At a time when family and social cohesion are dwindling more and more, the study environment is increasingly serving students as a support and an opportunity for identification. However, the study environment is also subject to constant change and is affected by various change processes, which also require students to adapt permanently. Especially within the Bologna reform, the study conditions have changed considerably: students face enormous challenges in the form of massive compression of the learning material, multiplicity of manifold examination achievements, which flow almost without exception into the final grade as well as rigid study and examination regulations with little liberties with regard to contents and temporal organisation. It is precisely the coordination of the manifold tasks that causes massive difficulties. In addition, there are the expectations of future employers, which evoke a real activism of adaptation among students. Leading a 'complete curriculum vitae' through internships, stays abroad, social commitment or the like is more like a supposed self-optimisation assignment, which, however, often leads to a permanent overtaxing of oneself. Through the interplay of continuous learning, examination pressure and self-optimisation as well as a possible part-time job to finance their studies, students are exposed to a permanent state of stress due to environmental factors.
In addition to the structural or environmental challenges of the studies, individual difficulties in the study environment can arise, such as an intensified competitive situation with other students, personal problems with a lecturer or examination stress at the end of the semester. In addition, numerous problems can arise in the private environment with which the students are confronted. Possible problem areas include change of residence and consequently missing social environment or problems in the domestic housing situation itself (e.g. anger with flatmates or the landlord). In addition, students are also challenged in numerous other contexts and bear responsibility towards parents, siblings and friends or in associations. Other stressful situations include financial problems, separation from one’s partner, illness – also in one’s personal environment – or death. It is precisely the multitude and totality of the burdens that can overwhelm those affected and thus lead to burnout.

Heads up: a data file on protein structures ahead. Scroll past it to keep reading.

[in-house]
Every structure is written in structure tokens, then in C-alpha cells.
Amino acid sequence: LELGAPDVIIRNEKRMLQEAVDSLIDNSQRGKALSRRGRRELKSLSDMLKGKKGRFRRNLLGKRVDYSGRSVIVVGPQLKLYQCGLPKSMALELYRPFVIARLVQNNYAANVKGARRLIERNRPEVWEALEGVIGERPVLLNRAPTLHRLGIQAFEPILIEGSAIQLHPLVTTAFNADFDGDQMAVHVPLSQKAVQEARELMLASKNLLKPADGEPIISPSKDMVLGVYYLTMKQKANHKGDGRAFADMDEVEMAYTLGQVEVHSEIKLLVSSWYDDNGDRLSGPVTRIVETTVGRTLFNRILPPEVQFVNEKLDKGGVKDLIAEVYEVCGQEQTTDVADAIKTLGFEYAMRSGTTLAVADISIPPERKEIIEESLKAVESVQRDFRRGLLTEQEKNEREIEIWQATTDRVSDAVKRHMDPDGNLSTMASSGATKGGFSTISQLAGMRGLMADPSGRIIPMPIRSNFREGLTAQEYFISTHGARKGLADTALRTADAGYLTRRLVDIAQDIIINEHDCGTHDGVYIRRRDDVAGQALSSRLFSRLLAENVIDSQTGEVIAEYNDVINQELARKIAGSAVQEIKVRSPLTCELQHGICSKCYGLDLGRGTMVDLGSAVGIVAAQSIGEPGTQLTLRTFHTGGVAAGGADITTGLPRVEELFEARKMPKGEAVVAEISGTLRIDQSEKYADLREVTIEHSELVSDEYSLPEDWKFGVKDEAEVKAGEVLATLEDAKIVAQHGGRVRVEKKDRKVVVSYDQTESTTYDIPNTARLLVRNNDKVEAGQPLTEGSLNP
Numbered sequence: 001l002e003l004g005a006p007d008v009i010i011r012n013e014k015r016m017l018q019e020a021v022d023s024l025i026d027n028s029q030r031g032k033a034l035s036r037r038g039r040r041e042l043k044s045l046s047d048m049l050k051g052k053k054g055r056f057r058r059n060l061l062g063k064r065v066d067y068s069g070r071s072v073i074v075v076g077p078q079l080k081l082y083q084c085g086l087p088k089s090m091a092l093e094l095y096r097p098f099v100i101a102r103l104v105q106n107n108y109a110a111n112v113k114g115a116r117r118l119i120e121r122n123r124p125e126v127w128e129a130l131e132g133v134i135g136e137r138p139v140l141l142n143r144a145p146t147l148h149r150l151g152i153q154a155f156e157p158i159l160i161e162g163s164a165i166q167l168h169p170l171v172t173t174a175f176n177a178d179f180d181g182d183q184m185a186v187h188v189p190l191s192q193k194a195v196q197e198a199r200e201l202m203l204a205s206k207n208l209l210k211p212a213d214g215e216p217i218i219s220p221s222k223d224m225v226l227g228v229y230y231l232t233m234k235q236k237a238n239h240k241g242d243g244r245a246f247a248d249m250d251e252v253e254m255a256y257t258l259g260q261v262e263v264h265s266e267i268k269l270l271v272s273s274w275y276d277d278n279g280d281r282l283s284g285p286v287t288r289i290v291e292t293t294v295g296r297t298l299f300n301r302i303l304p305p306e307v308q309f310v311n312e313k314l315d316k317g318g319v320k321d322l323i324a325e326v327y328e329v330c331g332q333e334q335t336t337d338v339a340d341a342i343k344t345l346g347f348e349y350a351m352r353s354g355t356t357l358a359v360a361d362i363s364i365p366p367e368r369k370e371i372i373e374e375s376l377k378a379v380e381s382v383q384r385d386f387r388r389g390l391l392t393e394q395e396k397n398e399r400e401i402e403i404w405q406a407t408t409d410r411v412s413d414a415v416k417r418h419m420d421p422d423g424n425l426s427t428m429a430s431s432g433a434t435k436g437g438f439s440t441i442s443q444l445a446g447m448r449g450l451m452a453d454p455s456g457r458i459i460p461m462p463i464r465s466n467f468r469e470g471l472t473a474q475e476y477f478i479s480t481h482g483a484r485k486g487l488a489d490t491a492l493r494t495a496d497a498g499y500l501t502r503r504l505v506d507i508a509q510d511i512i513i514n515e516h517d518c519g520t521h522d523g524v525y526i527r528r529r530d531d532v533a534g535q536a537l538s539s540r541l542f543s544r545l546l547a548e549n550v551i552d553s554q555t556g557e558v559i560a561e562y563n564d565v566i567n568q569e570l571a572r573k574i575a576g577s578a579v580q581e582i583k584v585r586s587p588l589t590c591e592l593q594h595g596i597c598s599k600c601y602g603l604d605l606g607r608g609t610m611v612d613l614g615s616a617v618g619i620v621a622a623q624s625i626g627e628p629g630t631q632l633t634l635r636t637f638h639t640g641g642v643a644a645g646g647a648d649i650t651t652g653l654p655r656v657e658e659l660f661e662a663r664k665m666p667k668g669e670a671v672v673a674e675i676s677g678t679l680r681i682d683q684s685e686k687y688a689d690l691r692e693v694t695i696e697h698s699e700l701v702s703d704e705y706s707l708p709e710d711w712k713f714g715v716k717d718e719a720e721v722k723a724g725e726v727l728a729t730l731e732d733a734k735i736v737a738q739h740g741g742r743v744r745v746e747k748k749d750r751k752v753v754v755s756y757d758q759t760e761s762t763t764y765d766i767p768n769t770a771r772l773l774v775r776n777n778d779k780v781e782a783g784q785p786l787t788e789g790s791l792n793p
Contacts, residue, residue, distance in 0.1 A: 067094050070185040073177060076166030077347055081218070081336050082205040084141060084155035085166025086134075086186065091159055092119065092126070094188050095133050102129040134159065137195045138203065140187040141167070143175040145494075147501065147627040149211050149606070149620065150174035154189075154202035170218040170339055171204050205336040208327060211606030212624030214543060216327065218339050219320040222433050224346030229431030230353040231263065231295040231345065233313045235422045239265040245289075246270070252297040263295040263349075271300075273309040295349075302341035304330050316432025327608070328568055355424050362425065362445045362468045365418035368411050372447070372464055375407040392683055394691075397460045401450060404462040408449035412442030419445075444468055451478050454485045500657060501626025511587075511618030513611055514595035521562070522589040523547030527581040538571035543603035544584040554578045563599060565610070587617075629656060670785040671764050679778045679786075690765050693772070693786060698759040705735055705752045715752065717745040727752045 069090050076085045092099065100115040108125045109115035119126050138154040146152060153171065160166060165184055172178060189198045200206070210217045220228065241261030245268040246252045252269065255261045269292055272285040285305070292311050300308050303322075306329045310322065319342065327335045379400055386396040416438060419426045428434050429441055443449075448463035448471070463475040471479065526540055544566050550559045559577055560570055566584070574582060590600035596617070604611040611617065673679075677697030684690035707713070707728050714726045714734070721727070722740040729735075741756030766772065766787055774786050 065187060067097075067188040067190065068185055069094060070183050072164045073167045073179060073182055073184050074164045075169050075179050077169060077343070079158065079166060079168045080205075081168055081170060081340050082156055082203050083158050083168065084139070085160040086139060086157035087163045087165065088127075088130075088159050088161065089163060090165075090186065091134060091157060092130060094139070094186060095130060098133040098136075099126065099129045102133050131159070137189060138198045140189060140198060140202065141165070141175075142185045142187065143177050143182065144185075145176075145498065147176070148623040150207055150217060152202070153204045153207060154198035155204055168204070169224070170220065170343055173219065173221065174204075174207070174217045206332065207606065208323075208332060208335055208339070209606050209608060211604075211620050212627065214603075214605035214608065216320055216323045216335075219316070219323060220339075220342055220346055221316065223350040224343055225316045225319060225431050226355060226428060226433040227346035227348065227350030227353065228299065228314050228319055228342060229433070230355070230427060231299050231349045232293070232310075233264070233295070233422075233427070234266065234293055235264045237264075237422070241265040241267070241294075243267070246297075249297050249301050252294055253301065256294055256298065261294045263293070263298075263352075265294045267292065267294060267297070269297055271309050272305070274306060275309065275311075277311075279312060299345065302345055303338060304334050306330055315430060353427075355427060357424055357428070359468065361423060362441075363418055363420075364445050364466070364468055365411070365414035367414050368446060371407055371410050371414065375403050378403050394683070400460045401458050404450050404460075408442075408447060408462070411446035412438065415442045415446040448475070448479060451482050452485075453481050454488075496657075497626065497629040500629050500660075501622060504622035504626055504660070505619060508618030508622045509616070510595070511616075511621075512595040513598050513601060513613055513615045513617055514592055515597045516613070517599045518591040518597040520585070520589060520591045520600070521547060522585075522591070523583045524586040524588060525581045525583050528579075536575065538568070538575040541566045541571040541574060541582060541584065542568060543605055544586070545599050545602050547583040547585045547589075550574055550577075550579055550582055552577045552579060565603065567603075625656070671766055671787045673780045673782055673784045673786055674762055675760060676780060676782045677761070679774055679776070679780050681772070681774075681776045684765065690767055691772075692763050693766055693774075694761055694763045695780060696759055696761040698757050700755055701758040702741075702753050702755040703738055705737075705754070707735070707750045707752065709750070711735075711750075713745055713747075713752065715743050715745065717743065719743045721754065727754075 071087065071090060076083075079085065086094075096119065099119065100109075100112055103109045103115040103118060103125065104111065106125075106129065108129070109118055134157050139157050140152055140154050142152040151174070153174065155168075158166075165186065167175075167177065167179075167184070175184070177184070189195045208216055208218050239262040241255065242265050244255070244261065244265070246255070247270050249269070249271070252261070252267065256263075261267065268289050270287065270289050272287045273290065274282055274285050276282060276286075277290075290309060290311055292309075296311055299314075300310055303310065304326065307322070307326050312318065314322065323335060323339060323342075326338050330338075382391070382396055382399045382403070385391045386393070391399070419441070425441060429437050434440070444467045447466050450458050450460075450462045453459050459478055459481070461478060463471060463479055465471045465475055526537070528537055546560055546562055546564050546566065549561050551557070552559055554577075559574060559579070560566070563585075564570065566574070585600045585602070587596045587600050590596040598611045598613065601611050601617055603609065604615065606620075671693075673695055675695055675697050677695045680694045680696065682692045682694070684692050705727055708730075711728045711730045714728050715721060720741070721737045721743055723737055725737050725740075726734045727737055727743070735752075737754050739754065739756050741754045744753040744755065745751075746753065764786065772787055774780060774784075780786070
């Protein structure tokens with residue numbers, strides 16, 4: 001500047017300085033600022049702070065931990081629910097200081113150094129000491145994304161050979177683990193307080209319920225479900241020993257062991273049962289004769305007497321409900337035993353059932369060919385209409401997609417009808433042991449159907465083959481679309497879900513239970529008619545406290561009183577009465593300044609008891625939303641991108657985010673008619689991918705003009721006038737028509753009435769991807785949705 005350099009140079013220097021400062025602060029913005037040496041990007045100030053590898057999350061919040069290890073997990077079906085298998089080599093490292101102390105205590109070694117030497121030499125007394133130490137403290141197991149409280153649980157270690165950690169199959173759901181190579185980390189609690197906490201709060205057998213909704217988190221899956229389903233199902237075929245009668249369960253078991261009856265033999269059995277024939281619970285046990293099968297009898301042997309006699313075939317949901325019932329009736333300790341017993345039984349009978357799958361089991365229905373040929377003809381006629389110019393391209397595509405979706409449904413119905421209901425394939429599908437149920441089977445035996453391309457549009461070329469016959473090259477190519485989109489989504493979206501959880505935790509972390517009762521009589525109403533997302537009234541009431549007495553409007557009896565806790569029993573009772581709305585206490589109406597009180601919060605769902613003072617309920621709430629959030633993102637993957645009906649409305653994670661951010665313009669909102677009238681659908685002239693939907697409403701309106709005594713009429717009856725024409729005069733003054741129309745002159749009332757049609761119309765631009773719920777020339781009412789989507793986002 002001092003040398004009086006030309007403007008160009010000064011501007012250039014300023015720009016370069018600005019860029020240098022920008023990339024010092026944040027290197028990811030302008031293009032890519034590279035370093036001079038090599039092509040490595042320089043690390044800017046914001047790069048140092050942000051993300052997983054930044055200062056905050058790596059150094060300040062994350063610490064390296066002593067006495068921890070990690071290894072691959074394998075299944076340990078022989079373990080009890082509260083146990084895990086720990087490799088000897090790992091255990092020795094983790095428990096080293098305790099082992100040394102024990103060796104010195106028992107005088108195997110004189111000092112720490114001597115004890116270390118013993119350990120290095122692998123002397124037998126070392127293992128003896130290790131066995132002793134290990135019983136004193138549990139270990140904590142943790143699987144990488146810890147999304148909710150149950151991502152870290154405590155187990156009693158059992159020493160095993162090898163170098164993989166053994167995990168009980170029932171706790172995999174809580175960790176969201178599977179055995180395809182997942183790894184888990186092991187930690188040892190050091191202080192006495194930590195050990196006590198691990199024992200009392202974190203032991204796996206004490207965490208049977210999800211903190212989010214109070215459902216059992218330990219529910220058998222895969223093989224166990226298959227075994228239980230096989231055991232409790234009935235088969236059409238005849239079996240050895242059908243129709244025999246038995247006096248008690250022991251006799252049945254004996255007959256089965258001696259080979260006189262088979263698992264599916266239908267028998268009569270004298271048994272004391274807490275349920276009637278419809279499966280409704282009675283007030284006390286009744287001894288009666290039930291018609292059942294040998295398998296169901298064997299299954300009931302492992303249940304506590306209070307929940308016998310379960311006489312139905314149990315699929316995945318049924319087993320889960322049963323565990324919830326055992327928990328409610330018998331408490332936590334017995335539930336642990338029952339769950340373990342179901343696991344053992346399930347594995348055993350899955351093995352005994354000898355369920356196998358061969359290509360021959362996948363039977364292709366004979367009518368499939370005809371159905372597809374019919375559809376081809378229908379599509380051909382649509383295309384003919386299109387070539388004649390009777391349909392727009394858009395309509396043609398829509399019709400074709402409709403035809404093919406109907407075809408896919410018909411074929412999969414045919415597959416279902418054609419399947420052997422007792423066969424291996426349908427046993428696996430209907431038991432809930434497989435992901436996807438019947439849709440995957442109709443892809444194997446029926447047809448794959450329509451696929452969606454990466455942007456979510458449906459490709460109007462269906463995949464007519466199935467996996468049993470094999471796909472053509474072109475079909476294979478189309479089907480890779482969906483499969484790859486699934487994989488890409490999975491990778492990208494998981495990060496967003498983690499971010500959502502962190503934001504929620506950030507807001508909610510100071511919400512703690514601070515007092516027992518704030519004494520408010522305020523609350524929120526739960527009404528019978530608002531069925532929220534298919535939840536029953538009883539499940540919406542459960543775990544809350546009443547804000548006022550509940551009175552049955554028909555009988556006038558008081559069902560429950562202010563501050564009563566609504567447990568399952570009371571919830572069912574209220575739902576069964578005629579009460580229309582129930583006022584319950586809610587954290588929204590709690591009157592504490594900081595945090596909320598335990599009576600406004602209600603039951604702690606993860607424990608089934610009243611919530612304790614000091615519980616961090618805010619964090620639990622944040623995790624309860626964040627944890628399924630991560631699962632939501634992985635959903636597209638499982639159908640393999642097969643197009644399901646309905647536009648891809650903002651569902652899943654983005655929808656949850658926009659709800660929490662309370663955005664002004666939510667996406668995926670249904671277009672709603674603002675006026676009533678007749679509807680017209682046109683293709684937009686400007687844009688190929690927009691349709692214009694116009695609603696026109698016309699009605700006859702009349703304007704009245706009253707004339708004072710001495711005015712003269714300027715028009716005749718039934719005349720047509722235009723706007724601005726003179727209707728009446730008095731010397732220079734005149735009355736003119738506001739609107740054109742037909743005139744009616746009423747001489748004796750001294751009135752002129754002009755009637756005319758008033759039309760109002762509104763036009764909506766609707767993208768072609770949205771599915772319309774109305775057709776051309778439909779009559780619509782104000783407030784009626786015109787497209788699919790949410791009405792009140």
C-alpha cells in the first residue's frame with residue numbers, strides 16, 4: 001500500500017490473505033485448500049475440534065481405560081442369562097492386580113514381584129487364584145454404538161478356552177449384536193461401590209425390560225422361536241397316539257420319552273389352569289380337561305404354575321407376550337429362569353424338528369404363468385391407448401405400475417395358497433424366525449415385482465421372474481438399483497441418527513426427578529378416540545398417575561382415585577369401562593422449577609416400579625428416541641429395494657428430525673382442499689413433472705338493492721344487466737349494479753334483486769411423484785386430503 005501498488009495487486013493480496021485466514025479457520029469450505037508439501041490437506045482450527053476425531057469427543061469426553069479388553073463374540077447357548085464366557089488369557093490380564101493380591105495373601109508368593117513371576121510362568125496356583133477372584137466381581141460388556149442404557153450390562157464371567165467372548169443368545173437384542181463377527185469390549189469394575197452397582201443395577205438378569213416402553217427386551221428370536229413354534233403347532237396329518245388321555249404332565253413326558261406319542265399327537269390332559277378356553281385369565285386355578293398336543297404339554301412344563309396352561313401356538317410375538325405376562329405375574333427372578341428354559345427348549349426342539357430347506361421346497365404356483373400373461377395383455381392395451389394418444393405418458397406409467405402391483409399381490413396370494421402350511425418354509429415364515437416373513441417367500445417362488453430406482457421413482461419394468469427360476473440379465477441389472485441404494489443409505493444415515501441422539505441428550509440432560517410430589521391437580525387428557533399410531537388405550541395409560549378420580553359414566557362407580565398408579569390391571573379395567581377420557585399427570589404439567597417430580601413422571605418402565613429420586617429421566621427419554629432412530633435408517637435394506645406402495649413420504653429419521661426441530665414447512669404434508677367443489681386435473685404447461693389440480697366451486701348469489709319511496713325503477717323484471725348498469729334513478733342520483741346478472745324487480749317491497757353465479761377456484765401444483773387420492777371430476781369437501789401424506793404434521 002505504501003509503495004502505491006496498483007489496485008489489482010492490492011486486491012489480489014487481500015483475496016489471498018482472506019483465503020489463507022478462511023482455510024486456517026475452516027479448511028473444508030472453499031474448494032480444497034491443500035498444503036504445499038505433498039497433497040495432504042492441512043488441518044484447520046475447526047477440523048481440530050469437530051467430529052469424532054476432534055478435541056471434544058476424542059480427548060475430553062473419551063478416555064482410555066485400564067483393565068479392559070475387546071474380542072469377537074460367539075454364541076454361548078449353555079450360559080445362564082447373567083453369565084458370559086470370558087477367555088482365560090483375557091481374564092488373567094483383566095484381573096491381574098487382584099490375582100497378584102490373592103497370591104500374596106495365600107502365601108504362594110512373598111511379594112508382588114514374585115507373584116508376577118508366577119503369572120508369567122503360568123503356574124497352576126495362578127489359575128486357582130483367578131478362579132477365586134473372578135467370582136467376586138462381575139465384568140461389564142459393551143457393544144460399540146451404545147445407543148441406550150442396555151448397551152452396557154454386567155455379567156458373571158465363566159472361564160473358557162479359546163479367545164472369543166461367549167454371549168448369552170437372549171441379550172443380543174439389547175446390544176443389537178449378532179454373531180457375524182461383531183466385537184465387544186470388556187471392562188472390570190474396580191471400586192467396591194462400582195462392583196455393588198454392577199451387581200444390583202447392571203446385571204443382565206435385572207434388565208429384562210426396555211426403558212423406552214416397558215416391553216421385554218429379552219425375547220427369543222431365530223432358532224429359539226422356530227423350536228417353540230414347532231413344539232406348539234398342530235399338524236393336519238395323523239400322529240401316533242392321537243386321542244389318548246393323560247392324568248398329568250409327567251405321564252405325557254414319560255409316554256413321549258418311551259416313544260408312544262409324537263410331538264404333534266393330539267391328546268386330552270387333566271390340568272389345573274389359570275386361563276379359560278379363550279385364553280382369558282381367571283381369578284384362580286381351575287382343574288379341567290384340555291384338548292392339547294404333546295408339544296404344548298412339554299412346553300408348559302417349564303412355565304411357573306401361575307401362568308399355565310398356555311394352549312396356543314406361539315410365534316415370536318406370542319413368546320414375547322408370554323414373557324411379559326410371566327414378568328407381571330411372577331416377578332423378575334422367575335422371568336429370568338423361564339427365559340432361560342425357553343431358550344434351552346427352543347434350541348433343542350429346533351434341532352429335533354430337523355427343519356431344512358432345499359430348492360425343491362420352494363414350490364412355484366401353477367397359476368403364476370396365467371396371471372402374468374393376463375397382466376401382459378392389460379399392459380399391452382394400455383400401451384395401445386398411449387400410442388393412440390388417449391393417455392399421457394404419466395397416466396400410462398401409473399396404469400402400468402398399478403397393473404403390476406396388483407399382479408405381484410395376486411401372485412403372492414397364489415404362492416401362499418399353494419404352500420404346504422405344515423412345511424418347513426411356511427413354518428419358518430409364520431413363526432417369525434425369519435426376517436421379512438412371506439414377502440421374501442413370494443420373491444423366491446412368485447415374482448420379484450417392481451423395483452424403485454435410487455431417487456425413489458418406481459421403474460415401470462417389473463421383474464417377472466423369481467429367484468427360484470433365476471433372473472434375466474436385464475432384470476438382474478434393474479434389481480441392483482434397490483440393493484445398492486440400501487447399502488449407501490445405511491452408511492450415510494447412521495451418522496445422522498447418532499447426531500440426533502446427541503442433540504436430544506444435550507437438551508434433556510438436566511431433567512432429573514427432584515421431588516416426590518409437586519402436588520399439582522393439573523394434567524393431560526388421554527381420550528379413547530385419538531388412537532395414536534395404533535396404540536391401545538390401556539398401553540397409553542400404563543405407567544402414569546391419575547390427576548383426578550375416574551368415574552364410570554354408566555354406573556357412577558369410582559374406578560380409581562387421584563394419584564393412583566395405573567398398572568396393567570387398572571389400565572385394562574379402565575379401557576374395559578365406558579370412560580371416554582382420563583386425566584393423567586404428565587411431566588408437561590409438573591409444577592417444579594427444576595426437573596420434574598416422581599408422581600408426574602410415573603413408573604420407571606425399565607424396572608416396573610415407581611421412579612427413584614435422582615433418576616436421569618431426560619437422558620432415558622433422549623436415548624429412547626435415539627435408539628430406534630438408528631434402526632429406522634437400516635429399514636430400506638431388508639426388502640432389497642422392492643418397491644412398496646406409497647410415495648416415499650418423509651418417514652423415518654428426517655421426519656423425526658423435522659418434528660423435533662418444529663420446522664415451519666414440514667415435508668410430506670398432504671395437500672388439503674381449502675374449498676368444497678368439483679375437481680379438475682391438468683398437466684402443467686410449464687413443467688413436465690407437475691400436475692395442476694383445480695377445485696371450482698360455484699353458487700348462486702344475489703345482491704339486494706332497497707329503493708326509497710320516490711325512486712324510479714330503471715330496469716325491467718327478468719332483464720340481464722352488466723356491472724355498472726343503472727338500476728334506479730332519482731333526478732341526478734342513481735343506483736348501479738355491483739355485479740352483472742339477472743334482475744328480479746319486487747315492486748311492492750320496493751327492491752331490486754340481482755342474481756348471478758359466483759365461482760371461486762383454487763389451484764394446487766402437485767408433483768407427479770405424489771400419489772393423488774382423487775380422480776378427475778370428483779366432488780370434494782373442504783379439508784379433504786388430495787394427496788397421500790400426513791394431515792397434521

Of course, not everyone is equally at risk of burnout. The decisive factor is the relationship between stress and personal resources, the individual’s resilience. Nevertheless, certain personality traits are associated with an increased risk potential. People, for example, who define themselves strongly through the praise of others or can hardly say 'no', are potentially more at risk. Likewise perfectionism, a strongly pronounced achievement thinking, high self-requirements and a normative as well as idealistic way of thinking increase the risk. Furthermore, bad time management, a lack of self-confidence and the urge to want to do everything yourself have a negative effect. Altogether the personality seems to be a key factor with the emergence of a Burnout illness. It is important to be aware of oneself and to be aware of personal characteristics which, in certain respects, have a risk potential with regard to the development of permanent stress in order to be able to react appropriately and to find a good way of dealing with stressful situations.